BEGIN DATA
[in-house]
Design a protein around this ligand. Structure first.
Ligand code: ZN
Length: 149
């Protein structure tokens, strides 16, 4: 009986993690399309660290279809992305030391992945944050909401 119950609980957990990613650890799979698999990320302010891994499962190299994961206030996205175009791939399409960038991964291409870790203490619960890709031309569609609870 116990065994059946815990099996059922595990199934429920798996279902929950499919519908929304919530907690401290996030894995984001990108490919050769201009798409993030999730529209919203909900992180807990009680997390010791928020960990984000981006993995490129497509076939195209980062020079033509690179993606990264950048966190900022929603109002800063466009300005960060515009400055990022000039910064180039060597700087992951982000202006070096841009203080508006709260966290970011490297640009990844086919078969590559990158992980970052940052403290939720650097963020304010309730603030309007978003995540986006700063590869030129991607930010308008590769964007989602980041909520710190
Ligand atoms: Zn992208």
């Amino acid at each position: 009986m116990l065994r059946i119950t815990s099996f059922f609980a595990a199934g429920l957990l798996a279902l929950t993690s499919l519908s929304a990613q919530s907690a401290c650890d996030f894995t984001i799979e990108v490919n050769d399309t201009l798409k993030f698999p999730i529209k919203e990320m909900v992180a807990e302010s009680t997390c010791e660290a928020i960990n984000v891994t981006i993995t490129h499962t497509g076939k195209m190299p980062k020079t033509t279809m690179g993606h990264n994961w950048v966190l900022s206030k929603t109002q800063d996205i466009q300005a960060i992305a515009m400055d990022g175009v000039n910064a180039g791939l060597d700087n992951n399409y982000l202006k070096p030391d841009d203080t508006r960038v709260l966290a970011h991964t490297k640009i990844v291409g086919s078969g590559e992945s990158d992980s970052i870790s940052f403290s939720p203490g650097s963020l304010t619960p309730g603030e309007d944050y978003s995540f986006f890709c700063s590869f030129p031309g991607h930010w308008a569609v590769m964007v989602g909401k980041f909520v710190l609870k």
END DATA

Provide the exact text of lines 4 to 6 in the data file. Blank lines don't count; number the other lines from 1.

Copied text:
Length: 149
């Protein structure tokens, strides 16, 4: 009986993690399309660290279809992305030391992945944050909401 119950609980957990990613650890799979698999990320302010891994499962190299994961206030996205175009791939399409960038991964291409870790203490619960890709031309569609609870 116990065994059946815990099996059922595990199934429920798996279902929950499919519908929304919530907690401290996030894995984001990108490919050769201009798409993030999730529209919203909900992180807990009680997390010791928020960990984000981006993995490129497509076939195209980062020079033509690179993606990264950048966190900022929603109002800063466009300005960060515009400055990022000039910064180039060597700087992951982000202006070096841009203080508006709260966290970011490297640009990844086919078969590559990158992980970052940052403290939720650097963020304010309730603030309007978003995540986006700063590869030129991607930010308008590769964007989602980041909520710190
Ligand atoms: Zn992208």